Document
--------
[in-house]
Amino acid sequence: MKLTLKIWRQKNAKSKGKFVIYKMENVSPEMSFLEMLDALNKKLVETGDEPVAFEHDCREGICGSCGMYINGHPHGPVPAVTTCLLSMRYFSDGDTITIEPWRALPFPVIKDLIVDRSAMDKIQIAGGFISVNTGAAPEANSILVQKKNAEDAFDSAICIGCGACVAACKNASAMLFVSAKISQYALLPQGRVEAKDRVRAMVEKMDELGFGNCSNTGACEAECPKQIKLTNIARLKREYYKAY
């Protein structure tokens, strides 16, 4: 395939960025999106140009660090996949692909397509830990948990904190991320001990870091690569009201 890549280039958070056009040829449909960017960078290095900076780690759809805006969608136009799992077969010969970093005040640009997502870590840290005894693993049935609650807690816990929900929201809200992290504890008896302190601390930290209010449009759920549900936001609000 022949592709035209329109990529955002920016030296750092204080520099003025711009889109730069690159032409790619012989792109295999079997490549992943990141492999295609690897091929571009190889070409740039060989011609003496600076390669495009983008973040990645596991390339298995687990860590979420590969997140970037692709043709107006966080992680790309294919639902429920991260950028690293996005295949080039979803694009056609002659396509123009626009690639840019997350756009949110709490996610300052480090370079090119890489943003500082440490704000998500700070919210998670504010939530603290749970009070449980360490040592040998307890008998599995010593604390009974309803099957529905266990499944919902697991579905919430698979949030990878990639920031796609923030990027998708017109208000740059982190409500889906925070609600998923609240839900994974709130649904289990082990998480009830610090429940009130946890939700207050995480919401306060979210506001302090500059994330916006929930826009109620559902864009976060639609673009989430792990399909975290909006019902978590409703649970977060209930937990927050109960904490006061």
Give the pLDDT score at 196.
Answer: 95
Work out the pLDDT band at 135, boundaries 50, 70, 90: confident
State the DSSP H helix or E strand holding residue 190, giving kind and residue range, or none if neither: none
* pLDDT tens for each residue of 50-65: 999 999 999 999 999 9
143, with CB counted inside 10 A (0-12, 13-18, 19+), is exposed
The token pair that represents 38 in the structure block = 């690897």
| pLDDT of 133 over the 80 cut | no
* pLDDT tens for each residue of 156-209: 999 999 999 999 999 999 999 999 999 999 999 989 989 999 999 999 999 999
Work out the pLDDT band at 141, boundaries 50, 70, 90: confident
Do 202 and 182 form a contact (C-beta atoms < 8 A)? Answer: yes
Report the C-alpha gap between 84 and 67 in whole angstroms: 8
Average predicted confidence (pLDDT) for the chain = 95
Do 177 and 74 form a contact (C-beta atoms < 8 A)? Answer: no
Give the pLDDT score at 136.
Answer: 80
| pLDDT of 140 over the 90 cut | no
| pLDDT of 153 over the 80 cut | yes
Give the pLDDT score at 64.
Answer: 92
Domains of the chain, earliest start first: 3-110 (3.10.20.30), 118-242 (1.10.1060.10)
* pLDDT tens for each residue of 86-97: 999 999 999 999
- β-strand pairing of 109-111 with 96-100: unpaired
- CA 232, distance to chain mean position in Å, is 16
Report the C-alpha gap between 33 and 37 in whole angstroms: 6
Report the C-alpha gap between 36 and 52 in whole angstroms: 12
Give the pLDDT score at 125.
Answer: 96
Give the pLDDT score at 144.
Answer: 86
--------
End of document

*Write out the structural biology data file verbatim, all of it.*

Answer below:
[in-house]
Amino acid sequence: MKLTLKIWRQKNAKSKGKFVIYKMENVSPEMSFLEMLDALNKKLVETGDEPVAFEHDCREGICGSCGMYINGHPHGPVPAVTTCLLSMRYFSDGDTITIEPWRALPFPVIKDLIVDRSAMDKIQIAGGFISVNTGAAPEANSILVQKKNAEDAFDSAICIGCGACVAACKNASAMLFVSAKISQYALLPQGRVEAKDRVRAMVEKMDELGFGNCSNTGACEAECPKQIKLTNIARLKREYYKAY
């Protein structure tokens, strides 16, 4: 395939960025999106140009660090996949692909397509830990948990904190991320001990870091690569009201 890549280039958070056009040829449909960017960078290095900076780690759809805006969608136009799992077969010969970093005040640009997502870590840290005894693993049935609650807690816990929900929201809200992290504890008896302190601390930290209010449009759920549900936001609000 022949592709035209329109990529955002920016030296750092204080520099003025711009889109730069690159032409790619012989792109295999079997490549992943990141492999295609690897091929571009190889070409740039060989011609003496600076390669495009983008973040990645596991390339298995687990860590979420590969997140970037692709043709107006966080992680790309294919639902429920991260950028690293996005295949080039979803694009056609002659396509123009626009690639840019997350756009949110709490996610300052480090370079090119890489943003500082440490704000998500700070919210998670504010939530603290749970009070449980360490040592040998307890008998599995010593604390009974309803099957529905266990499944919902697991579905919430698979949030990878990639920031796609923030990027998708017109208000740059982190409500889906925070609600998923609240839900994974709130649904289990082990998480009830610090429940009130946890939700207050995480919401306060979210506001302090500059994330916006929930826009109620559902864009976060639609673009989430792990399909975290909006019902978590409703649970977060209930937990927050109960904490006061």
Give the pLDDT score at 196.
Answer: 95
Work out the pLDDT band at 135, boundaries 50, 70, 90: confident
State the DSSP H helix or E strand holding residue 190, giving kind and residue range, or none if neither: none
* pLDDT tens for each residue of 50-65: 999 999 999 999 999 9
143, with CB counted inside 10 A (0-12, 13-18, 19+), is exposed
The token pair that represents 38 in the structure block = 């690897």
| pLDDT of 133 over the 80 cut | no
* pLDDT tens for each residue of 156-209: 999 999 999 999 999 999 999 999 999 999 999 989 989 999 999 999 999 999
Work out the pLDDT band at 141, boundaries 50, 70, 90: confident
Do 202 and 182 form a contact (C-beta atoms < 8 A)? Answer: yes
Report the C-alpha gap between 84 and 67 in whole angstroms: 8
Average predicted confidence (pLDDT) for the chain = 95
Do 177 and 74 form a contact (C-beta atoms < 8 A)? Answer: no
Give the pLDDT score at 136.
Answer: 80
| pLDDT of 140 over the 90 cut | no
| pLDDT of 153 over the 80 cut | yes
Give the pLDDT score at 64.
Answer: 92
Domains of the chain, earliest start first: 3-110 (3.10.20.30), 118-242 (1.10.1060.10)
* pLDDT tens for each residue of 86-97: 999 999 999 999
- β-strand pairing of 109-111 with 96-100: unpaired
- CA 232, distance to chain mean position in Å, is 16
Report the C-alpha gap between 33 and 37 in whole angstroms: 6
Report the C-alpha gap between 36 and 52 in whole angstroms: 12
Give the pLDDT score at 125.
Answer: 96
Give the pLDDT score at 144.
Answer: 86